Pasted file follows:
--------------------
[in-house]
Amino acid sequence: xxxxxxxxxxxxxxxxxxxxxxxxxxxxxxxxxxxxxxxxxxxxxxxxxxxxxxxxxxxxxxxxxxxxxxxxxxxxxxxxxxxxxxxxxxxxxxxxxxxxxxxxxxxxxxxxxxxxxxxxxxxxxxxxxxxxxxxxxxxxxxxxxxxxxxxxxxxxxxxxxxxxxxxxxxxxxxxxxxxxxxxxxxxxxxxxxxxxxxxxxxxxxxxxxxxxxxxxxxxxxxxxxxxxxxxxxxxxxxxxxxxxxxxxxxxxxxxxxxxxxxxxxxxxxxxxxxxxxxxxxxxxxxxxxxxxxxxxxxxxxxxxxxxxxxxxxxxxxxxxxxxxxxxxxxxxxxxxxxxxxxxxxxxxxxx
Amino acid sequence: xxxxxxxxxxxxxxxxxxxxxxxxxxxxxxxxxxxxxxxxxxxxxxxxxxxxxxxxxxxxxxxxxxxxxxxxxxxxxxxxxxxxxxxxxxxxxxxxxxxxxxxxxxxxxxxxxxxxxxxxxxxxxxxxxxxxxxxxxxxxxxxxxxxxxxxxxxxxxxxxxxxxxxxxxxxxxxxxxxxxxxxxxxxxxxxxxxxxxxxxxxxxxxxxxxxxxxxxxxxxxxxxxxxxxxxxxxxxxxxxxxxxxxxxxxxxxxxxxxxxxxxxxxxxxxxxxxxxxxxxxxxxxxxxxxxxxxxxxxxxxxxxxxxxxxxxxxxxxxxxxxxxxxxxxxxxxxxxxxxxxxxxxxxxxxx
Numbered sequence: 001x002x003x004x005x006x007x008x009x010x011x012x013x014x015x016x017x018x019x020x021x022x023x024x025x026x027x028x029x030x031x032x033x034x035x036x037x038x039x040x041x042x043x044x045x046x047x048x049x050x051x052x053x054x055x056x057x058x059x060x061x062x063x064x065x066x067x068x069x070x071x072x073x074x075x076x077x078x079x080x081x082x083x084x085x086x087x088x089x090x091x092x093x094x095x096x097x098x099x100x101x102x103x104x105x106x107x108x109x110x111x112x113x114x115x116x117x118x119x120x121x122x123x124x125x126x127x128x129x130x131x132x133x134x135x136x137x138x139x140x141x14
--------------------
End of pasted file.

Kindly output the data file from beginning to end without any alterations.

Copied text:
[in-house]
Amino acid sequence: xxxxxxxxxxxxxxxxxxxxxxxxxxxxxxxxxxxxxxxxxxxxxxxxxxxxxxxxxxxxxxxxxxxxxxxxxxxxxxxxxxxxxxxxxxxxxxxxxxxxxxxxxxxxxxxxxxxxxxxxxxxxxxxxxxxxxxxxxxxxxxxxxxxxxxxxxxxxxxxxxxxxxxxxxxxxxxxxxxxxxxxxxxxxxxxxxxxxxxxxxxxxxxxxxxxxxxxxxxxxxxxxxxxxxxxxxxxxxxxxxxxxxxxxxxxxxxxxxxxxxxxxxxxxxxxxxxxxxxxxxxxxxxxxxxxxxxxxxxxxxxxxxxxxxxxxxxxxxxxxxxxxxxxxxxxxxxxxxxxxxxxxxxxxxxx
Amino acid sequence: xxxxxxxxxxxxxxxxxxxxxxxxxxxxxxxxxxxxxxxxxxxxxxxxxxxxxxxxxxxxxxxxxxxxxxxxxxxxxxxxxxxxxxxxxxxxxxxxxxxxxxxxxxxxxxxxxxxxxxxxxxxxxxxxxxxxxxxxxxxxxxxxxxxxxxxxxxxxxxxxxxxxxxxxxxxxxxxxxxxxxxxxxxxxxxxxxxxxxxxxxxxxxxxxxxxxxxxxxxxxxxxxxxxxxxxxxxxxxxxxxxxxxxxxxxxxxxxxxxxxxxxxxxxxxxxxxxxxxxxxxxxxxxxxxxxxxxxxxxxxxxxxxxxxxxxxxxxxxxxxxxxxxxxxxxxxxxxxxxxxxxxxxxxxxxx
Numbered sequence: 001x002x003x004x005x006x007x008x009x010x011x012x013x014x015x016x017x018x019x020x021x022x023x024x025x026x027x028x029x030x031x032x033x034x035x036x037x038x039x040x041x042x043x044x045x046x047x048x049x050x051x052x053x054x055x056x057x058x059x060x061x062x063x064x065x066x067x068x069x070x071x072x073x074x075x076x077x078x079x080x081x082x083x084x085x086x087x088x089x090x091x092x093x094x095x096x097x098x099x100x101x102x103x104x105x106x107x108x109x110x111x112x113x114x115x116x117x118x119x120x121x122x123x124x125x126x127x128x129x130x131x132x133x134x135x136x137x138x139x140x141x14